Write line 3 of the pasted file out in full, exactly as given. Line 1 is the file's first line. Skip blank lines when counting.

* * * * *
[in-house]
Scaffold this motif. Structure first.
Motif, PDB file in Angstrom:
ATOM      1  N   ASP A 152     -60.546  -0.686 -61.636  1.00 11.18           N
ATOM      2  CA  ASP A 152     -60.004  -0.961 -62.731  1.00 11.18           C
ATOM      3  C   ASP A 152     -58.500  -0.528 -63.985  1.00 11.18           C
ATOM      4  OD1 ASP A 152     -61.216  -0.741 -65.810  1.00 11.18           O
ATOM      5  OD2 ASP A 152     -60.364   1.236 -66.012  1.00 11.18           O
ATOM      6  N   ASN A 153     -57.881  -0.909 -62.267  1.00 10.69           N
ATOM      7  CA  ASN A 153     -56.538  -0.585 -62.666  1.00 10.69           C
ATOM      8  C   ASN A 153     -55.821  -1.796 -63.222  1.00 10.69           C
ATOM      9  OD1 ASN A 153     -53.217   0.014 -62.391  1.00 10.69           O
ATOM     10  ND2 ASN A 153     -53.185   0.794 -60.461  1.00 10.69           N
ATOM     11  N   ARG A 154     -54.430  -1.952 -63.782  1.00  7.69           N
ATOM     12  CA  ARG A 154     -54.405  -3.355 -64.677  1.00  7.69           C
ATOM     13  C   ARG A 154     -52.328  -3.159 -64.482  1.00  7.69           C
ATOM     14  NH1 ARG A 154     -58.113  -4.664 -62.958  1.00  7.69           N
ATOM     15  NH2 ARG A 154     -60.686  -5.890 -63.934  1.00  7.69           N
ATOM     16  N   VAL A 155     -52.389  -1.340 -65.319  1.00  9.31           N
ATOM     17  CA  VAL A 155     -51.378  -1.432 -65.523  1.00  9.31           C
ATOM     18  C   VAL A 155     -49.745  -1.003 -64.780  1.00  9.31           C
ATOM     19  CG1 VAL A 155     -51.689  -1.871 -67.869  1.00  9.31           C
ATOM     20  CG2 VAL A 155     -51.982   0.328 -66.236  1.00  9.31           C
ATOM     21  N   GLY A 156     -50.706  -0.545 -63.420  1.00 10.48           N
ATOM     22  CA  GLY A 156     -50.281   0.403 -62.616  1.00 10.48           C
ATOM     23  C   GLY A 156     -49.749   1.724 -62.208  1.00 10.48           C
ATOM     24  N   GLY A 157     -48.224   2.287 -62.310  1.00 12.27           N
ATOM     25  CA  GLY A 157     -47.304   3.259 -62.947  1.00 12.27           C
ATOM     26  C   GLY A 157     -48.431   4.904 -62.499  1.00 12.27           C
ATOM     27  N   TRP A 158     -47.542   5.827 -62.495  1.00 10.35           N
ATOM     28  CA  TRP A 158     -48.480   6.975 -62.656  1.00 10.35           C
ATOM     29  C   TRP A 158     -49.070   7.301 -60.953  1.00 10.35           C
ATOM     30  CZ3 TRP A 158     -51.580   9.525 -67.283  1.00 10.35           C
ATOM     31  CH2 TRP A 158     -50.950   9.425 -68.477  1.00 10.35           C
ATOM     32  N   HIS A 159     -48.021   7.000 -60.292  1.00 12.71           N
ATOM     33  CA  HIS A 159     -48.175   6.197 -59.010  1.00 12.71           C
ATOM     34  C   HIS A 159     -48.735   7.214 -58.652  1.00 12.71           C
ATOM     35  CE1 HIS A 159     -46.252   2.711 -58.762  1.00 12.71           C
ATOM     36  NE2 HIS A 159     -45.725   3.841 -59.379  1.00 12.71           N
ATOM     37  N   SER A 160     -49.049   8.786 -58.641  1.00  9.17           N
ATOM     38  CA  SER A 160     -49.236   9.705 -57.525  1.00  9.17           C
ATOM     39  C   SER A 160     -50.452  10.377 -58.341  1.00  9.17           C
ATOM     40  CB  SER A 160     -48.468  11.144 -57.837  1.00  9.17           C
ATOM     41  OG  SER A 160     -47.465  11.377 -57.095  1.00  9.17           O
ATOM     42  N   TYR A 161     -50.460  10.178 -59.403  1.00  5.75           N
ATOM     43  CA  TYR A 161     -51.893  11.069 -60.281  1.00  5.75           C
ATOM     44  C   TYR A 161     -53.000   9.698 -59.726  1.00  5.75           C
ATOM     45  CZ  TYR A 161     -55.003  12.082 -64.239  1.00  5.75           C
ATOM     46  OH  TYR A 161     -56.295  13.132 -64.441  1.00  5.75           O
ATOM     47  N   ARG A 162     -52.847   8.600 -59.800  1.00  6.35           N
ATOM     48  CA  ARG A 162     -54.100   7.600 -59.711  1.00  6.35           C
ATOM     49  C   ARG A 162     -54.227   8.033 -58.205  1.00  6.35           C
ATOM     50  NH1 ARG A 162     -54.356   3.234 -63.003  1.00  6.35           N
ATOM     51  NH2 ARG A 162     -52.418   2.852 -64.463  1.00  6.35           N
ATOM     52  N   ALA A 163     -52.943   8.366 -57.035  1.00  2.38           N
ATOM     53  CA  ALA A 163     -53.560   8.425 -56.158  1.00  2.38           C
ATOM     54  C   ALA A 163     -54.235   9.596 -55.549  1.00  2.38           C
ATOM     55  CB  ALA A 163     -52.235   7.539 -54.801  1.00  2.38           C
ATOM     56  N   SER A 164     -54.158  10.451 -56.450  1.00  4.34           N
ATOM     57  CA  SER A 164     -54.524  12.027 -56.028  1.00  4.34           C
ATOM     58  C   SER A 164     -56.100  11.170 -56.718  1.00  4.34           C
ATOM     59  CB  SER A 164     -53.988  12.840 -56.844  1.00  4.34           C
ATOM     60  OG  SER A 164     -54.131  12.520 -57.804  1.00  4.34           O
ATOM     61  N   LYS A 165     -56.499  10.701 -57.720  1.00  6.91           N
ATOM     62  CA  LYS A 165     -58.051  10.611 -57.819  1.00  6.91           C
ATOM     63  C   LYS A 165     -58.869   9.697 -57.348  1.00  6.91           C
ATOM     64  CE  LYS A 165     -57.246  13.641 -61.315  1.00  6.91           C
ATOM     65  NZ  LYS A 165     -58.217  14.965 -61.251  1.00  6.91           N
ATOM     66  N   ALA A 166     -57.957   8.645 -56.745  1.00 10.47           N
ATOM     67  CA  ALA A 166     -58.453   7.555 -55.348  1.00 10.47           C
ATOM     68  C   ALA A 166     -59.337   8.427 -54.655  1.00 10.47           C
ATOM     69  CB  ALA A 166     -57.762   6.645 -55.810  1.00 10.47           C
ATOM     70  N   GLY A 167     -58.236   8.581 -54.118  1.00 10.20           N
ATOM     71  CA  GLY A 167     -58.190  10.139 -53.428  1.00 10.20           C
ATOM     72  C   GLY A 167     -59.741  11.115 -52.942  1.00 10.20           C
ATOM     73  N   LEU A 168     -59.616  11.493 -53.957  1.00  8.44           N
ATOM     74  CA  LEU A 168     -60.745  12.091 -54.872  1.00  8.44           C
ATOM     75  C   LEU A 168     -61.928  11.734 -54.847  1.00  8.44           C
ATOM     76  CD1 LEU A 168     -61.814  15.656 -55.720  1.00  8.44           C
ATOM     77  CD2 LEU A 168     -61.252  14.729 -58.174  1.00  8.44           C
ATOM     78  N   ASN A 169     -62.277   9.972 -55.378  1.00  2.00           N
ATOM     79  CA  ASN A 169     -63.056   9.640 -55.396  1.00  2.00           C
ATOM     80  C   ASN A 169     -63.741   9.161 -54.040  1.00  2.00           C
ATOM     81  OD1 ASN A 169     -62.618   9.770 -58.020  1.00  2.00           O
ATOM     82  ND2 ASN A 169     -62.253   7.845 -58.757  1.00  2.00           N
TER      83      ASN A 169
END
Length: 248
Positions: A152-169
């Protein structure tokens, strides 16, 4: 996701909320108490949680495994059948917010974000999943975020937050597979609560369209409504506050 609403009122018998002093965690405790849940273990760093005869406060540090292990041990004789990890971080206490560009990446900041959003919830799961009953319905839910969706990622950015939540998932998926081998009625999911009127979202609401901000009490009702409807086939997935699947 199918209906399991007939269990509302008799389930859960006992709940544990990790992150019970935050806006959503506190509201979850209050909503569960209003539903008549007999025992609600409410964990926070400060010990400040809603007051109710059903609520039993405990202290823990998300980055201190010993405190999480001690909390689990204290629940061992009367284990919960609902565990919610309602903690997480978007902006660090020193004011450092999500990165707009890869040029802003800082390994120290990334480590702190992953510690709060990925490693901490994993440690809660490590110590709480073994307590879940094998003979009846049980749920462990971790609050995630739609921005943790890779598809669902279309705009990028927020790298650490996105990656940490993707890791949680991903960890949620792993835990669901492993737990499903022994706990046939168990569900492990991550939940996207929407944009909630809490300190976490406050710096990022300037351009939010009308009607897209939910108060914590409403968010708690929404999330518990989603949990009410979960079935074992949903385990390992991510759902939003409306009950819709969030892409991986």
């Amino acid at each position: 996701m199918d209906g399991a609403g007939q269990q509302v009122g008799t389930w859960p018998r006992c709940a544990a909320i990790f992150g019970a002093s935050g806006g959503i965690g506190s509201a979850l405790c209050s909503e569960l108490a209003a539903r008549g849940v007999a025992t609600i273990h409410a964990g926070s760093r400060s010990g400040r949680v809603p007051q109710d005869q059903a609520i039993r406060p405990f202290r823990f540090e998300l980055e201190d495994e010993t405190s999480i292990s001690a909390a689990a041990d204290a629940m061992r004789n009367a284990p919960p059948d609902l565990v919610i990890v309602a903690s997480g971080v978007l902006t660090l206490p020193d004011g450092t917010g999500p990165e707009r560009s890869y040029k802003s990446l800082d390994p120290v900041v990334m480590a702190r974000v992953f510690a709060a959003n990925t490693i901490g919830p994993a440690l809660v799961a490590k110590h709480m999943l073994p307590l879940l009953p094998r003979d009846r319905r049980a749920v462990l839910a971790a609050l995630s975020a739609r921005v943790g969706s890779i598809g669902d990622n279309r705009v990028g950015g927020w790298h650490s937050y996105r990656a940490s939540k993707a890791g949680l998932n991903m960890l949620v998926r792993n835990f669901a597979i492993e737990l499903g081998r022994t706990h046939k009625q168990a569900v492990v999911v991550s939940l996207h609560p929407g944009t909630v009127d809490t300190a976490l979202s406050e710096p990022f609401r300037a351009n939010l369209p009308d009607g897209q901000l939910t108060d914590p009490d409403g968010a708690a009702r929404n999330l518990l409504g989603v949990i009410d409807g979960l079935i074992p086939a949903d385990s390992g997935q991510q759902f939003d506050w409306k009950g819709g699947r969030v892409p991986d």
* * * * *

Motif, PDB file in Angstrom: